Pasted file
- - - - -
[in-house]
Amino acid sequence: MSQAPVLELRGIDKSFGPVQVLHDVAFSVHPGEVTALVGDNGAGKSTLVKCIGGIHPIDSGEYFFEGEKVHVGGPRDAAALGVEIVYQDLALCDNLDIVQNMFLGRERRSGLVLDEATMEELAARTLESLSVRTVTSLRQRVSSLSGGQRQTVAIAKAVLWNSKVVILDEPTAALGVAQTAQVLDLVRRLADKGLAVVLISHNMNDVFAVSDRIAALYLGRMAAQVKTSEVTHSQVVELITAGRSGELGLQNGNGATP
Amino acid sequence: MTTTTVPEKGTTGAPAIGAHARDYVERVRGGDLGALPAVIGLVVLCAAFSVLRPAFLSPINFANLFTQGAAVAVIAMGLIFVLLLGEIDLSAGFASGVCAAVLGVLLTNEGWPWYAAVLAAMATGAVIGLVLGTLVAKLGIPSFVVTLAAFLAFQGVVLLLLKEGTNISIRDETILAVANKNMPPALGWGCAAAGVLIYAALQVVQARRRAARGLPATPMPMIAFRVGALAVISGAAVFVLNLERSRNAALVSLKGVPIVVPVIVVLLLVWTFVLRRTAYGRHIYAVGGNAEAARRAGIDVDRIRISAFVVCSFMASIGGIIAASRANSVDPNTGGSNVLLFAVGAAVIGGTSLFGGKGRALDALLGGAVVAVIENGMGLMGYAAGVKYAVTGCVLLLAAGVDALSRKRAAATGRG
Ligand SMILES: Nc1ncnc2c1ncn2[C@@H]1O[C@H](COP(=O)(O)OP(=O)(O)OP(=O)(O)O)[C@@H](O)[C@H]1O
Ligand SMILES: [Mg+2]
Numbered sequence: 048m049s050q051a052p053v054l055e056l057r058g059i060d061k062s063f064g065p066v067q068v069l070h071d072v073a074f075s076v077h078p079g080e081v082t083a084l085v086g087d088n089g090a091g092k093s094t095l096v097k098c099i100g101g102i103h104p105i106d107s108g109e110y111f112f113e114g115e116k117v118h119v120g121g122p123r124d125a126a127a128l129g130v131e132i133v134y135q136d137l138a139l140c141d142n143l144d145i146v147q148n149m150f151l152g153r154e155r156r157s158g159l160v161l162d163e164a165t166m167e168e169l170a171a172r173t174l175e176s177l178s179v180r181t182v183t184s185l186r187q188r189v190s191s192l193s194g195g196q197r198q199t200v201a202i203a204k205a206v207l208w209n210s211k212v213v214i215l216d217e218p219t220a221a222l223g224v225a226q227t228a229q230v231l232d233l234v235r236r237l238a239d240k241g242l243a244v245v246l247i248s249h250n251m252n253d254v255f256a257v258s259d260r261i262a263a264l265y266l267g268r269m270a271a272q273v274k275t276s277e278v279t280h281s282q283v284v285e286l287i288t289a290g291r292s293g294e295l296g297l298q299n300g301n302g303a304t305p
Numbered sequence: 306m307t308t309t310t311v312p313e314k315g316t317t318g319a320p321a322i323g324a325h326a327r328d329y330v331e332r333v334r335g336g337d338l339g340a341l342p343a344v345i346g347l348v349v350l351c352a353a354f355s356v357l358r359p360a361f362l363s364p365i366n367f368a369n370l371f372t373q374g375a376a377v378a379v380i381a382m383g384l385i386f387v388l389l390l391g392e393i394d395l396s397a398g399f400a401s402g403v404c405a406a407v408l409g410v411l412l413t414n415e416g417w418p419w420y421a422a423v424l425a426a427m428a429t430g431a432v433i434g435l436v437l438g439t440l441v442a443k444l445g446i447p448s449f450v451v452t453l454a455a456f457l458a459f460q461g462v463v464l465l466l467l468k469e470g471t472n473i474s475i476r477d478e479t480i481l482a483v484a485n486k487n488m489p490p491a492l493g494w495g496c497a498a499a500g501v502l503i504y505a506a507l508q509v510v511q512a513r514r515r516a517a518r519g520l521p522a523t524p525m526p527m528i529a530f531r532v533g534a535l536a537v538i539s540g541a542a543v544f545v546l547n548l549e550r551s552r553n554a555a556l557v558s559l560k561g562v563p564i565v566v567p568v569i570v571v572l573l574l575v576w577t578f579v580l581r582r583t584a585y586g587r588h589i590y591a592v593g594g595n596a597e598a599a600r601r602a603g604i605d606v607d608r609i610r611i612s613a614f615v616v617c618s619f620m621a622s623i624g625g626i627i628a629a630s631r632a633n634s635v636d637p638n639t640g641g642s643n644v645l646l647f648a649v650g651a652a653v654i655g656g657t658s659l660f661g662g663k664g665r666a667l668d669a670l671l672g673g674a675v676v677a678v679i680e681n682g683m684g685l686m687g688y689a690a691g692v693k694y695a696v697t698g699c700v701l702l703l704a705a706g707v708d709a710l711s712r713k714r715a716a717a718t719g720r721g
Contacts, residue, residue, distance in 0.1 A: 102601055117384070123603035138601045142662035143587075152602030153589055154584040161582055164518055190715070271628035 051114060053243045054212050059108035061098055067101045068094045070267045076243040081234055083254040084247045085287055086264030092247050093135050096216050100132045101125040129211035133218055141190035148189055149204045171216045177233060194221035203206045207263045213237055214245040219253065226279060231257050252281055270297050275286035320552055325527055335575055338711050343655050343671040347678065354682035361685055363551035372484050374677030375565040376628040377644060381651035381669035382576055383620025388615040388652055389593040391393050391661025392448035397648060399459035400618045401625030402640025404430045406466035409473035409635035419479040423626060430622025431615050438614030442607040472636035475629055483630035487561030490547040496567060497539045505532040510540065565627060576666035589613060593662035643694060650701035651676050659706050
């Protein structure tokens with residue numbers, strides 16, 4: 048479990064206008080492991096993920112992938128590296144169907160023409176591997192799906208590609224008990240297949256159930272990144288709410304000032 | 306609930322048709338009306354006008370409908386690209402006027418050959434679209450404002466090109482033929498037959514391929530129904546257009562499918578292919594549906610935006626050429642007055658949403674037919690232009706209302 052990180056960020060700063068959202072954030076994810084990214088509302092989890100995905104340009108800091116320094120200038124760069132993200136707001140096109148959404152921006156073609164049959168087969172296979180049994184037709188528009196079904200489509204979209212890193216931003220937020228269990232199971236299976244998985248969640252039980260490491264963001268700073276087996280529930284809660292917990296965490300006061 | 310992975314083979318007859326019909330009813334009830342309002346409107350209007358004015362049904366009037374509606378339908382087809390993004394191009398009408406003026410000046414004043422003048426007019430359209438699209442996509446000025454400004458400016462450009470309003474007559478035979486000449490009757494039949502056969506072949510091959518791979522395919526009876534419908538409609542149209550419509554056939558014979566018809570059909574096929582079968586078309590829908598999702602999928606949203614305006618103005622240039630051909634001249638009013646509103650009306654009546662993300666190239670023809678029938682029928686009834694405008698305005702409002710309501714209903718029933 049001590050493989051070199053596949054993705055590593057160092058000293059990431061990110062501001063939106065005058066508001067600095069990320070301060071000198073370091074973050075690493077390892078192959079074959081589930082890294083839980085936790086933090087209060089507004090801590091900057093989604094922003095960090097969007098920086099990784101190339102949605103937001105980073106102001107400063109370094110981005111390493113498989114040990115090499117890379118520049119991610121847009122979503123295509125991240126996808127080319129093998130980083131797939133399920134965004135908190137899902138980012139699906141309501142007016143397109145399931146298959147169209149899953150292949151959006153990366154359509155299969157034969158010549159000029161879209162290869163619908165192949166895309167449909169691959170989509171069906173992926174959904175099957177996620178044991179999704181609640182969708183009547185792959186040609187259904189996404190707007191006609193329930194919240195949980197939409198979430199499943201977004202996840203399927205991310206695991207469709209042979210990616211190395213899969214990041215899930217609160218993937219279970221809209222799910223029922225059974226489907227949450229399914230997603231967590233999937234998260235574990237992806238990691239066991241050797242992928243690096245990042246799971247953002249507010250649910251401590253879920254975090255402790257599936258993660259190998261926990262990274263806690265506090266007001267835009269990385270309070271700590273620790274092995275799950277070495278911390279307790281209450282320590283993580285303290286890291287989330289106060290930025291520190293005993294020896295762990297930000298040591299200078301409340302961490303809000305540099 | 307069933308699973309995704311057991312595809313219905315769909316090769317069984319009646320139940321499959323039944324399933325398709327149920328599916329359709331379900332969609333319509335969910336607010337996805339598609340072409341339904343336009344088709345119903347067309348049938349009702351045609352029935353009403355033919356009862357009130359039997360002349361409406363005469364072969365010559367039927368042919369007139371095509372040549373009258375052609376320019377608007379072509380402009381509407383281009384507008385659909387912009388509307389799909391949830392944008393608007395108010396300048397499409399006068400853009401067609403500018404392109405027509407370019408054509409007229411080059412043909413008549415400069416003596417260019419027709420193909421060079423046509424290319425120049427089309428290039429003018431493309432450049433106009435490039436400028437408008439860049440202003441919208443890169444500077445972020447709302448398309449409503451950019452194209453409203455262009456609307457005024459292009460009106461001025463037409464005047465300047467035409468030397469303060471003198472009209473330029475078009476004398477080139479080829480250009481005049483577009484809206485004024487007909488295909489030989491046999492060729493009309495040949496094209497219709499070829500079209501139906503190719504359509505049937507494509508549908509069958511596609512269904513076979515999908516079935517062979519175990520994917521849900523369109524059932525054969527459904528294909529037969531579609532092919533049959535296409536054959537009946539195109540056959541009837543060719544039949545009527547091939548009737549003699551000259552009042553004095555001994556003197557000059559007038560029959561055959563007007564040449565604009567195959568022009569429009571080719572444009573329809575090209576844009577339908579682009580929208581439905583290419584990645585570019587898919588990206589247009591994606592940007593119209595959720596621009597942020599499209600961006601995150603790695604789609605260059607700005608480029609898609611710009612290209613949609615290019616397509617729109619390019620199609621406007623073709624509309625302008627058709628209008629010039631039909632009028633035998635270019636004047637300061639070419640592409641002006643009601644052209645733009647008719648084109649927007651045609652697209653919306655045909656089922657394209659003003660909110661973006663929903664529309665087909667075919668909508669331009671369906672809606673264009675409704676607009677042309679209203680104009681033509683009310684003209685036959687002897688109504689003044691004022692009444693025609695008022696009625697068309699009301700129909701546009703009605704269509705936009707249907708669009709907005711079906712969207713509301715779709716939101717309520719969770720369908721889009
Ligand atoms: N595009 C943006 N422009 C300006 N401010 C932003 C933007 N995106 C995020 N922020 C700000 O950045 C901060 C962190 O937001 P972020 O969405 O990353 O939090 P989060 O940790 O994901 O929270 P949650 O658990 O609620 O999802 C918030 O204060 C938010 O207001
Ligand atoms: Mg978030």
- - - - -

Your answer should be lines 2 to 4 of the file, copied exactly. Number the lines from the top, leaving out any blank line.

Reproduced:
Amino acid sequence: MSQAPVLELRGIDKSFGPVQVLHDVAFSVHPGEVTALVGDNGAGKSTLVKCIGGIHPIDSGEYFFEGEKVHVGGPRDAAALGVEIVYQDLALCDNLDIVQNMFLGRERRSGLVLDEATMEELAARTLESLSVRTVTSLRQRVSSLSGGQRQTVAIAKAVLWNSKVVILDEPTAALGVAQTAQVLDLVRRLADKGLAVVLISHNMNDVFAVSDRIAALYLGRMAAQVKTSEVTHSQVVELITAGRSGELGLQNGNGATP
Amino acid sequence: MTTTTVPEKGTTGAPAIGAHARDYVERVRGGDLGALPAVIGLVVLCAAFSVLRPAFLSPINFANLFTQGAAVAVIAMGLIFVLLLGEIDLSAGFASGVCAAVLGVLLTNEGWPWYAAVLAAMATGAVIGLVLGTLVAKLGIPSFVVTLAAFLAFQGVVLLLLKEGTNISIRDETILAVANKNMPPALGWGCAAAGVLIYAALQVVQARRRAARGLPATPMPMIAFRVGALAVISGAAVFVLNLERSRNAALVSLKGVPIVVPVIVVLLLVWTFVLRRTAYGRHIYAVGGNAEAARRAGIDVDRIRISAFVVCSFMASIGGIIAASRANSVDPNTGGSNVLLFAVGAAVIGGTSLFGGKGRALDALLGGAVVAVIENGMGLMGYAAGVKYAVTGCVLLLAAGVDALSRKRAAATGRG
Ligand SMILES: Nc1ncnc2c1ncn2[C@@H]1O[C@H](COP(=O)(O)OP(=O)(O)OP(=O)(O)O)[C@@H](O)[C@H]1O